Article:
05-27-2017  10:44 am      •     
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NEWS BRIEFS

Portland Art Museum Hosts Upstanders Festival May 27

Event includes spoken word, workshops and poster making in support of social justice ...

North Portland Library Announces June Computer Classes

Upcoming courses include Introduction to Spreadsheets, What is the Cloud? and Learn Programming with Games ...

Merkley to Hold Town Hall in Clackamas County

Sen. Jeff Merkley to hold town hall in Clackamas County, May 30 ...

NAACP Monthly Meeting Notice, May 27, Portland

NAACP Portland invites the community to its monthly general membership meeting ...

Photos: Fundraiser for Sunshine Division's Assistance Programs

Under the Stars fundraiser took place on May 18 at the Melody Grand Ballroom ...

U.S. & WORLD NEWS

OPINION

Ensuring the Promise of the Every Student Succeeds Act

The preservation of Thurgood Marshall's legacy is dependent upon our dedication to our children ...

CFPB Sues Ocwen Financial over Unfair Mortgage Practices

What many homeowners soon discover is that faithfully paying a monthly mortgage is in some cases, just not enough ...

B-CU Grads Protest Betsy “DeVoid” in Epic Fashion

Julianne Malveaux says that Betsy “DeVoid,” is no Mary McLeod Bethune ...

NAACP on Supreme Court's Decline to Review NC Voter ID Law

NAACP President and CEO Cornell William Brooks made the following remarks ...

AFRICAN AMERICANS IN THE NEWS

ENTERTAINMENT

WASHINGTON (CNN) -- The "Bravest Girl in the World" has stood up to President Barack Obama.

Malala Yousafzai, the 16-year-old shot by the Taliban for promoting girl's education in her native Pakistan, confronted Obama at the White House on Friday about U.S. drone strikes.

In a meeting that included first lady Michelle Obama, the young activist challenged one of Obama's premier counterterrorism strategies.

"I also expressed my concerns that drone attacks are fueling terrorism," she said in a statement released today. "Innocent victims are killed in these acts, and they lead to resentment among the Pakistani people. If we refocus efforts on education it will make a big impact."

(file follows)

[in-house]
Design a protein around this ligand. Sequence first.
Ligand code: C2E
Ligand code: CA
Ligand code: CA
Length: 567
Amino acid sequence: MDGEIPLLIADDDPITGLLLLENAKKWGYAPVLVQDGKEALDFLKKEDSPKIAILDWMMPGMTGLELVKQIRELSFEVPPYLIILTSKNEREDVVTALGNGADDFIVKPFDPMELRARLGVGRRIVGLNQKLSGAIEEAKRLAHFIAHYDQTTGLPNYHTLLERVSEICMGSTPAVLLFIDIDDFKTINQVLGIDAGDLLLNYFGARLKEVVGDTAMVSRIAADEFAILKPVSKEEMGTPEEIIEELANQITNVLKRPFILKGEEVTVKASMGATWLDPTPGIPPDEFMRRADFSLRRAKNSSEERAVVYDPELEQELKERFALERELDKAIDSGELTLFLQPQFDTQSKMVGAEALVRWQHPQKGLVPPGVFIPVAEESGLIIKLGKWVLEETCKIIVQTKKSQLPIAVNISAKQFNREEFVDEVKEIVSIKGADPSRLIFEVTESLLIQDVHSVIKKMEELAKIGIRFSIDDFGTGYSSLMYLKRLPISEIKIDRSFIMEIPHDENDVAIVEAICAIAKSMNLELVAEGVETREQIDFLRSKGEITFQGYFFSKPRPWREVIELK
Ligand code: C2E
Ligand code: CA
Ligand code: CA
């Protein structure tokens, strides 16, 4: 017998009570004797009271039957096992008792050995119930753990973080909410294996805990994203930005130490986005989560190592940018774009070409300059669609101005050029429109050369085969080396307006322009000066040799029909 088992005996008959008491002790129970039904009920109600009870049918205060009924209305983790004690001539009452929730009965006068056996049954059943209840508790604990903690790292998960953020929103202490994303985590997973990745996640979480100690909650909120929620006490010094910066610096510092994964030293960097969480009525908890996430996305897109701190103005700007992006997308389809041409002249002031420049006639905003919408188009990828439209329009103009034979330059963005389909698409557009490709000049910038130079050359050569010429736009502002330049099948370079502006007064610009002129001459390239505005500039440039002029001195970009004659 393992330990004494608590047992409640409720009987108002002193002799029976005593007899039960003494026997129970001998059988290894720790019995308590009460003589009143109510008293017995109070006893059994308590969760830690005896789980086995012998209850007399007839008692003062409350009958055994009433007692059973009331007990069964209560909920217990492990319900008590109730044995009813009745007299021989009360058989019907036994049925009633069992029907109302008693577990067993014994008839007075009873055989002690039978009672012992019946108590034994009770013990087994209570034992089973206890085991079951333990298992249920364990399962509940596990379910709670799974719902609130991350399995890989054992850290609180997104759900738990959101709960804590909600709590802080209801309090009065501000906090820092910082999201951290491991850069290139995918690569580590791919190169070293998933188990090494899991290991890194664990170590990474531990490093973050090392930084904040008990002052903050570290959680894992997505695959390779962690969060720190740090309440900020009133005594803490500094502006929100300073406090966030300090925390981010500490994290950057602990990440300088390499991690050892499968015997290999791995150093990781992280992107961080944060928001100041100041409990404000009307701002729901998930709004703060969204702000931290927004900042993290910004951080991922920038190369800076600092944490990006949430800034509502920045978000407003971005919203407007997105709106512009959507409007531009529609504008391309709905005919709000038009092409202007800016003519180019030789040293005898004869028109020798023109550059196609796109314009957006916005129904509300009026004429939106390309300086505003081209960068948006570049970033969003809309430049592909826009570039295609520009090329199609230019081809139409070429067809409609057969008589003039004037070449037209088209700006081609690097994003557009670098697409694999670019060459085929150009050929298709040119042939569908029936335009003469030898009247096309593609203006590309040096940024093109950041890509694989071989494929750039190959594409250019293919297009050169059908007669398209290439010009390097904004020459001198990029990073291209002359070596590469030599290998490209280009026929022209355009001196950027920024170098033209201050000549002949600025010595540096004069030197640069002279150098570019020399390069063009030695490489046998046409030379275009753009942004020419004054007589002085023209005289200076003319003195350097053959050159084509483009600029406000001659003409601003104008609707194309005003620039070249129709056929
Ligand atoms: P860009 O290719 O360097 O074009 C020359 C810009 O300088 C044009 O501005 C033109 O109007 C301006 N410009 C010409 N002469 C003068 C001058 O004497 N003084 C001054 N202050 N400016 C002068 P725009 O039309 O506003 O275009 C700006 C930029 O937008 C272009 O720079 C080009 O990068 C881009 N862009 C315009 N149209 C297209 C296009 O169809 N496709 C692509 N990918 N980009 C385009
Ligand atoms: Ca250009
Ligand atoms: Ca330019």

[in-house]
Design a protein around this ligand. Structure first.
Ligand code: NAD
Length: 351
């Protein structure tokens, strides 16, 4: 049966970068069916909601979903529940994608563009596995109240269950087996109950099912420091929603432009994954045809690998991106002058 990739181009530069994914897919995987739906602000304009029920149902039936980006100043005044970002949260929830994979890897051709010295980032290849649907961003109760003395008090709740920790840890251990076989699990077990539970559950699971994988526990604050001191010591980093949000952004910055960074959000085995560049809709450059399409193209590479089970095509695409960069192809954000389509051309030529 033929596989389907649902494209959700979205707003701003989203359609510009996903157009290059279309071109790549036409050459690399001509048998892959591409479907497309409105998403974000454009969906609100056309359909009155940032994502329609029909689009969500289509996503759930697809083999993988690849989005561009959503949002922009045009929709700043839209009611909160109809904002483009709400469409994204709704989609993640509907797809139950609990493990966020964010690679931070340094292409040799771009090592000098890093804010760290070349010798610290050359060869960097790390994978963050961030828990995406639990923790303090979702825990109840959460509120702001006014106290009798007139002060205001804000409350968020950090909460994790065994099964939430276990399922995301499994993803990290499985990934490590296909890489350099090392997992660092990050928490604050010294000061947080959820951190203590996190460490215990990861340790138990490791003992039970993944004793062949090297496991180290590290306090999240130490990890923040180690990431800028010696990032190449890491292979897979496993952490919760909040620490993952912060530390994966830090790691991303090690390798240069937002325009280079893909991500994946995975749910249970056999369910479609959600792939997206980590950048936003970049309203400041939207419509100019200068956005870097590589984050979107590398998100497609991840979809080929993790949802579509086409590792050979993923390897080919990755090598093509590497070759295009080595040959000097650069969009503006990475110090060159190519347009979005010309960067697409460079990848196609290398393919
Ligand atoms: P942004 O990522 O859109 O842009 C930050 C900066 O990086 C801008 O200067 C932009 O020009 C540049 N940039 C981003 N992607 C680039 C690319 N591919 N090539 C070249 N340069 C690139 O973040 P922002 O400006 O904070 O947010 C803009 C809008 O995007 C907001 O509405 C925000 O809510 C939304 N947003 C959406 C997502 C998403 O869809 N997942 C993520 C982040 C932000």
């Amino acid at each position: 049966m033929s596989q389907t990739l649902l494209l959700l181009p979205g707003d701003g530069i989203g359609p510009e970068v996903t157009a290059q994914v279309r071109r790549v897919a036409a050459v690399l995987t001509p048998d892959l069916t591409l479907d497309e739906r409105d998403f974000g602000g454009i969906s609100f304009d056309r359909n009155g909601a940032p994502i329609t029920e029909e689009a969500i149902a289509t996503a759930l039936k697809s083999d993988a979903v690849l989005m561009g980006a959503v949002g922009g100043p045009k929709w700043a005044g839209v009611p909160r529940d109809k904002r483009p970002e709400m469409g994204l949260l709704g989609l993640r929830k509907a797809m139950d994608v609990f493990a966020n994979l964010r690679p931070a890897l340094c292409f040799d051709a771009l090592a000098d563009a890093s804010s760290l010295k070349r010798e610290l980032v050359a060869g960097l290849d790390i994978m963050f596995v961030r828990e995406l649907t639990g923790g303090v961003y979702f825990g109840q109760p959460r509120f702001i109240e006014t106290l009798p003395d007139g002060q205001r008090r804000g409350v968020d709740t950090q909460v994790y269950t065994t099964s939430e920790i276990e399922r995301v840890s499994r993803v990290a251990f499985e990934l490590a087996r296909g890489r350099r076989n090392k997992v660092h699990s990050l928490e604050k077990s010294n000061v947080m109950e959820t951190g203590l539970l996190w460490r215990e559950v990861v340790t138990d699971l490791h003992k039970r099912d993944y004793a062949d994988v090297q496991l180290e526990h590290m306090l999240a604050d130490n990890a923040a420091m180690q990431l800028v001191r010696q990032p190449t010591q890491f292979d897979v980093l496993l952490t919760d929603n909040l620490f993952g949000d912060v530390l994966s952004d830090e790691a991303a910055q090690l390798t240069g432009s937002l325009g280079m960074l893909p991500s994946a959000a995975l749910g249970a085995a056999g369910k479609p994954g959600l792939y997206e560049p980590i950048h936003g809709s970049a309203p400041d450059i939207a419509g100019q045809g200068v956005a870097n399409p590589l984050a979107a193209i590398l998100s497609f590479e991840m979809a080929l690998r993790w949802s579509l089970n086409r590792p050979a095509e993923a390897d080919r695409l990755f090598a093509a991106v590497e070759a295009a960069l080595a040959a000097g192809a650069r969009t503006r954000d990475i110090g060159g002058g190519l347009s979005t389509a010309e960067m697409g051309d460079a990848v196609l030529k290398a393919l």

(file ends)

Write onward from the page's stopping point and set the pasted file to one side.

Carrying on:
The U.S. government has said strikes by the unmanned aircraft are a necessary part of the fight against militant groups, including the Taliban.

In an interview that will air Sunday at 7 p.m. with CNN's Christiane Amanpour, Malala said she is far from done serving.

"I want to become a prime minister of Pakistan, and I think it's really good. Because through politics I can serve my whole county. I can be the doctor of the whole country," she said.

In a statement, the White House saluted Malala's continuing efforts to promote education for girls.

In a proclamation marking Friday as the International Day of the Girl, Obama said, "Across the globe there are girls who will one day lead nations, if only we afford them the chance to choose their own destinies."

"Every continent, there are girls who will go on to change the world in ways we can only imagine, if only we allow them the freedom to dream."

CNN's Bryan Koenig and Conor Finnegan contributed to this report.

™ & © 2013 Cable News Network, Inc., a Time Warner Company. All rights reserved.

 

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